Consumer Confidence Sees Unexpected Rise in November

Consumer confidence increased from 99.1 in October to 102 in November, breaking a three month streak of decreases, according to the latest data from The Conference Board. 

“Consumer confidence increased in November, following three consecutive months of decline,” said Dana Peterson, chief economist at The Conference Board. “This improvement reflected a recovery in the Expectations Index, while the Present Situation Index was largely unchanged. November’s increase in consumer confidence was concentrated primarily among householders aged 55 and up; by contrast, confidence among householders aged 35 – 54 declined slightly. General improvements were seen across the spectrum of income groups surveyed in November. Nonetheless, write-in responses revealed consumers remain preoccupied with rising prices in general, followed by war/conflicts and higher interest rates.”

The Present Situation Index—based on consumers’ assessment of current business and labor market conditions—fell slightly from 138.6 to 138.2. For current business conditions, 19.8% of consumers said they were “good,” up from 18.3% last month. Additionally, 19.5% said business conditions were “bad,” up from 18.8% last month. For the labor market, 39.3% of consumers said jobs were “plentiful” (up from 37.9%), while 15.4% of consumers said jobs were “hard to get” (up from 14.1%).

“Assessments of the present situation ticked down in November, driven by less optimistic views on current job availability, which outweighed slightly improved views on the state of business conditions,” added Peterson. “More consumers said that business conditions were ‘good’ compared to last month, but more also said they were ‘bad.’ Regarding the employment situation, more consumers said that jobs were ‘plentiful’ compared to October, but the number saying jobs were ‘hard to get’ also increased. By contrast, when asked to assess their current family financial conditions (a measure not included in calculating the Present Situation Index), the share reporting ‘good’ rose, and those citing ‘bad’ fell, suggesting consumer finances remain healthy heading into the holiday season.”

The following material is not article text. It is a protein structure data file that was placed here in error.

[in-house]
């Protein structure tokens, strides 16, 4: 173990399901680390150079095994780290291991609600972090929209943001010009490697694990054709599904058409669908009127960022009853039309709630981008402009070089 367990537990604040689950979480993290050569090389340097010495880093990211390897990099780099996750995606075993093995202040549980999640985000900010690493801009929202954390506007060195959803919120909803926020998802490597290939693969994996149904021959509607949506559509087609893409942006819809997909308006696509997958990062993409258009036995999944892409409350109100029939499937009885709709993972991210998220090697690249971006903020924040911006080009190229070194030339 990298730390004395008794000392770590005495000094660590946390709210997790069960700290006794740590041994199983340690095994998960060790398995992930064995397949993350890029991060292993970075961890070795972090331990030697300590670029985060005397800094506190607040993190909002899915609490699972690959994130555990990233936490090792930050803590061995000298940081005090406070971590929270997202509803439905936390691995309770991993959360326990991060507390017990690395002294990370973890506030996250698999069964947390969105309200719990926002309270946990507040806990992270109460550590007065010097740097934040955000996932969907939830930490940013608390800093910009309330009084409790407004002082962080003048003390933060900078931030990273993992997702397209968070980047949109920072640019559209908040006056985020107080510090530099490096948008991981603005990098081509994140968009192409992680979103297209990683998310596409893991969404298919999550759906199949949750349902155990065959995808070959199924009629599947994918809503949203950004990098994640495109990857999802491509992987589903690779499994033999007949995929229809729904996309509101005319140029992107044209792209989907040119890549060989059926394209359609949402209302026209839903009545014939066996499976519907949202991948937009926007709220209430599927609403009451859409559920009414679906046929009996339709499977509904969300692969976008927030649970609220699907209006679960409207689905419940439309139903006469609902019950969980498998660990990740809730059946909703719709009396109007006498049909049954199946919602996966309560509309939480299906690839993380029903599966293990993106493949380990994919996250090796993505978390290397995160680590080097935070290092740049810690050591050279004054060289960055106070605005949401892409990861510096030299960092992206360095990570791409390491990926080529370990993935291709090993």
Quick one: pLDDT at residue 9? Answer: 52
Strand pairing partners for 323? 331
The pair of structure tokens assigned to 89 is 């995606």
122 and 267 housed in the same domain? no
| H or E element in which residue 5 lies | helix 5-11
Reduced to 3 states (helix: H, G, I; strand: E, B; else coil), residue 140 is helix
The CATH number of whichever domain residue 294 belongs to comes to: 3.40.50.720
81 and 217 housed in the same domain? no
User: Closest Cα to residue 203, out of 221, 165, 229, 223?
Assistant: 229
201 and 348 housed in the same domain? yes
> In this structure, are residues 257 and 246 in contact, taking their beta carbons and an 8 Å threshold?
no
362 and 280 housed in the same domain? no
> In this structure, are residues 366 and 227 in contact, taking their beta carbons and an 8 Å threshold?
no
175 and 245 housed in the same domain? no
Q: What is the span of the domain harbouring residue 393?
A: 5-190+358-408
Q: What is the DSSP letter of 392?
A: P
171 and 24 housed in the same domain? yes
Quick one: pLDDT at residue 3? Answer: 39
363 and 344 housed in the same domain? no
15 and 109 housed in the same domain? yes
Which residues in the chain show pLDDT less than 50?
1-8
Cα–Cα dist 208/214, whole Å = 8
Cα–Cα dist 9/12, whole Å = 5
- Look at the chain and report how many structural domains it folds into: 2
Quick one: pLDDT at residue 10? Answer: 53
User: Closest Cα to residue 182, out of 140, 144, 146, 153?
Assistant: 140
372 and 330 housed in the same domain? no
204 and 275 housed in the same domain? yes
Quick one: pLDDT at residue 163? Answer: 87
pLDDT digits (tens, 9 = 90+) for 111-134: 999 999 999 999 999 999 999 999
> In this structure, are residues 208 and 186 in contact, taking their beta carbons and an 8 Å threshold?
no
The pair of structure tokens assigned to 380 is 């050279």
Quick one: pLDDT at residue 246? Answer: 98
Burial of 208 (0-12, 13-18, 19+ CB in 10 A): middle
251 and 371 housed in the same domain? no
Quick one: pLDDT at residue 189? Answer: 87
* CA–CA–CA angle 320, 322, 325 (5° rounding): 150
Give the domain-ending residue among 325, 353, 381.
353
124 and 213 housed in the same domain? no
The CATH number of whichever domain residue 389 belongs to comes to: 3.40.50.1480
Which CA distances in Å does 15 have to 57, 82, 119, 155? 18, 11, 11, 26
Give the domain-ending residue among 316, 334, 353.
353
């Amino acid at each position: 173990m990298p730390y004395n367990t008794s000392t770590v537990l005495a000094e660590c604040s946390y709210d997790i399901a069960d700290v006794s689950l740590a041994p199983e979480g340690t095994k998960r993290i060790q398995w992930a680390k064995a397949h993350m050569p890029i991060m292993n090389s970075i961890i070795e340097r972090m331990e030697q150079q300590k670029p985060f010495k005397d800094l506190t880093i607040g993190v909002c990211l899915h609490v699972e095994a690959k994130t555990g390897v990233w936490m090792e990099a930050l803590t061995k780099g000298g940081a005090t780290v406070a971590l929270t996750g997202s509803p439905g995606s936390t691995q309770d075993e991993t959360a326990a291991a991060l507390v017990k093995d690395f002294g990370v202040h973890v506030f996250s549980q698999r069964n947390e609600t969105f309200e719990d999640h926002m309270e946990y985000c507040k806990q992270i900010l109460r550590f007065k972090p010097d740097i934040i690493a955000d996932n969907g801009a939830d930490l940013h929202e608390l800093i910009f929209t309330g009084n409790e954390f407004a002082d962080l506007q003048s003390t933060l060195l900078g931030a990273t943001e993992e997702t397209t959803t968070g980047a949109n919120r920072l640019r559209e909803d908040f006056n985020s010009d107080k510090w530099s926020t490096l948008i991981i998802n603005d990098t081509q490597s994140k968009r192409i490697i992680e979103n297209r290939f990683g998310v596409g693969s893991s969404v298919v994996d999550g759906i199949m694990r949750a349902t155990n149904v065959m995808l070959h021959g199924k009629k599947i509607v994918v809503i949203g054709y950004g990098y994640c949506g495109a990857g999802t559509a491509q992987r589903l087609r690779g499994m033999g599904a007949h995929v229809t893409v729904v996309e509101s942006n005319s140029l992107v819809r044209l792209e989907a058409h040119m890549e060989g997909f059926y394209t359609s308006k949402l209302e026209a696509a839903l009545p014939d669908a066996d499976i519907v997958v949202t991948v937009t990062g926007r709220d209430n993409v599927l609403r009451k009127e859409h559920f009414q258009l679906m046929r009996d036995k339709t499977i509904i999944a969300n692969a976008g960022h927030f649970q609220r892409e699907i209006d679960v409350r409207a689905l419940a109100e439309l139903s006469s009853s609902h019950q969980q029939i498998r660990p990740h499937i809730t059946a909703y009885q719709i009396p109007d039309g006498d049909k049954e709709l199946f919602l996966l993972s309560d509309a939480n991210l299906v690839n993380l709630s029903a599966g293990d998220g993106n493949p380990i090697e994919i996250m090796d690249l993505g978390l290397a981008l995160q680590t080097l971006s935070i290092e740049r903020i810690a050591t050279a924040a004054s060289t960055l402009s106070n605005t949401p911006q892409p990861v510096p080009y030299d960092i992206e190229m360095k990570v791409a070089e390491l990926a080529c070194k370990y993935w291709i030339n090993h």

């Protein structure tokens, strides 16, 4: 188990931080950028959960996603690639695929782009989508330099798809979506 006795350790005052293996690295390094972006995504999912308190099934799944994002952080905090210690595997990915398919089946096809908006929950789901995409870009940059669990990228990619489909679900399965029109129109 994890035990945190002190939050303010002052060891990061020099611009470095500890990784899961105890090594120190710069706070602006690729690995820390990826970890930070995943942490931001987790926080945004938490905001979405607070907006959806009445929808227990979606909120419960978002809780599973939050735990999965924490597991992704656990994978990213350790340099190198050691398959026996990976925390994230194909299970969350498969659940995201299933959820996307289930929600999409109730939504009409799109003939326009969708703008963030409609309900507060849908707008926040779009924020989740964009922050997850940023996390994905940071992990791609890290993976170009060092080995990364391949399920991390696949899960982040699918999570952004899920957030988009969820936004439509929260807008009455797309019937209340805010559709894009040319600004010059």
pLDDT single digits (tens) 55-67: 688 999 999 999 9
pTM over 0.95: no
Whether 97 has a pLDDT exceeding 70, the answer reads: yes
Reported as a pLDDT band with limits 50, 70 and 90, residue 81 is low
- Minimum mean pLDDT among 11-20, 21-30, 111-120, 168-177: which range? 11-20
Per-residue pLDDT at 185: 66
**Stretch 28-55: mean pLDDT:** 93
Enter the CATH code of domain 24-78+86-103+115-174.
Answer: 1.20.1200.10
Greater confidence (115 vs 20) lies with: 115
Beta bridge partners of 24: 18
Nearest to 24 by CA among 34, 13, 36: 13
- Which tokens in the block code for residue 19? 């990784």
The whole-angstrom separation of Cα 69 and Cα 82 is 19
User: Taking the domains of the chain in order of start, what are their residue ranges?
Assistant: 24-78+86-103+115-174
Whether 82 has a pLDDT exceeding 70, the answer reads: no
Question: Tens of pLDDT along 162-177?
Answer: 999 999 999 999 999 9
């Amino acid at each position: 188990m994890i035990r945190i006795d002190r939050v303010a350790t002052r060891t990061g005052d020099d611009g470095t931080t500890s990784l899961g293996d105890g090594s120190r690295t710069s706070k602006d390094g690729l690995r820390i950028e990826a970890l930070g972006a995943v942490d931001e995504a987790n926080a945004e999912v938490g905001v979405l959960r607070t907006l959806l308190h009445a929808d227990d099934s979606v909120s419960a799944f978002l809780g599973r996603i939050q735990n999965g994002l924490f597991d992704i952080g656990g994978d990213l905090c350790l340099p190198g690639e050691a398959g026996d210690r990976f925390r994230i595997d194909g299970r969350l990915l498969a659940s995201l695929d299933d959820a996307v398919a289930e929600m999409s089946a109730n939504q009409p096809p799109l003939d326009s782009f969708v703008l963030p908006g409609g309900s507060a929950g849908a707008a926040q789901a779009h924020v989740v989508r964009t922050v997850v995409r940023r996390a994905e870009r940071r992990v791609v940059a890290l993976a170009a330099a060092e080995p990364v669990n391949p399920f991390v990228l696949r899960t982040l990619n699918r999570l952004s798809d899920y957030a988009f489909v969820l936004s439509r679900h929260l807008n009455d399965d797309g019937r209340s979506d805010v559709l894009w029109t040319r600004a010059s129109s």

The Expectations Index—based on consumers’ short-term outlook for income, business and labor market conditions—rose from 72.7 to 77.8 (1985 = 100). 

“Consumer expectations for the next six months recovered in November, reflecting improved confidence about future business conditions, job availability and incomes. Compared to last month, expectations that interest rates will rise in the year ahead ticked down, but consumers’ outlook for stock prices continued to weaken in November,” said Peterson.

As for consumers’ short-term business conditions outlook, 17.3% expect business conditions to improve (up from 15.5%), and 19.5% expect conditions to worsen (down from 20.9%). For the labor market outlook, 16.1% of consumers expect more jobs to be available (up from 15.3%), and 19.6% anticipate fewer jobs (down from 19.7%). For short-term income prospects, 17.2% of consumers expect their incomes to increase (up from 15.6%), and 12.1% expect a decrease (down from 13.4%). 

“Average 12-month inflation expectations receded back to 5.7% after a one-month uptick to 5.9%,” concluded Peterson. “Consumers’ views of their expected family financial situation, six months hence (not included in calculating the Expectations Index) recovered in November, after ticking down for the past two months. Buying plans for autos, homes and big-ticket appliances trended downward on a six-month basis—perhaps reflecting the impact of elevated interest rates.”

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